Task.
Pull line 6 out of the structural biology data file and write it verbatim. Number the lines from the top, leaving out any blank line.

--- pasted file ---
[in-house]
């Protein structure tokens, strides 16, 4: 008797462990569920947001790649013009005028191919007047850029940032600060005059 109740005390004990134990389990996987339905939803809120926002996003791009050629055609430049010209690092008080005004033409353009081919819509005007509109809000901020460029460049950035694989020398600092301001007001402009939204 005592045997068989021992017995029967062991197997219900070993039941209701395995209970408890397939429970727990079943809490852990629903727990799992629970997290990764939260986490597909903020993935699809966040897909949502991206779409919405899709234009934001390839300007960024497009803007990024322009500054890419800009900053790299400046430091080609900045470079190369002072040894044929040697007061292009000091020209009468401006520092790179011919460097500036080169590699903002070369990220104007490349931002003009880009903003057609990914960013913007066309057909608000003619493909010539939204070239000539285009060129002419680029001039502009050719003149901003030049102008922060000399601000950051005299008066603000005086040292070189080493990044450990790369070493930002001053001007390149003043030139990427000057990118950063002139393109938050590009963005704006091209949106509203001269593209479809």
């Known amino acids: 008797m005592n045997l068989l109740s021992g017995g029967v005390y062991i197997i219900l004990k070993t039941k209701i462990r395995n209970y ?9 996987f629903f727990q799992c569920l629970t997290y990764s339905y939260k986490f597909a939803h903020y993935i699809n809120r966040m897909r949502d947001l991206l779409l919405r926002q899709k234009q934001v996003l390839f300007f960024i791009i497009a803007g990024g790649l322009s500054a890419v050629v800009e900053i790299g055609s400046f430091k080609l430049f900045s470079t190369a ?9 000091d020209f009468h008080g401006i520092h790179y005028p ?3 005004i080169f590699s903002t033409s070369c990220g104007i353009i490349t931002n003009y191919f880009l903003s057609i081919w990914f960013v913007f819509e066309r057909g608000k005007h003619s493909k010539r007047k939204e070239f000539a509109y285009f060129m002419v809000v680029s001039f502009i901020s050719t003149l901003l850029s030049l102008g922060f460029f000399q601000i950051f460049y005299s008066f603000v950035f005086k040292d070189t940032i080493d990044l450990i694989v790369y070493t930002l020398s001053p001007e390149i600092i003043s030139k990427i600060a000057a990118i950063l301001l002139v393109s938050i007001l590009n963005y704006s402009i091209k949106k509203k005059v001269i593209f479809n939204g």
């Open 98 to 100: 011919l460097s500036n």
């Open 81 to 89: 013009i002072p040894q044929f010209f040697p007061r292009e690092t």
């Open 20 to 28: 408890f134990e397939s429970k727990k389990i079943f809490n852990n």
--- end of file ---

């Open 20 to 28: 408890f134990e397939s429970k727990k389990i079943f809490n852990n």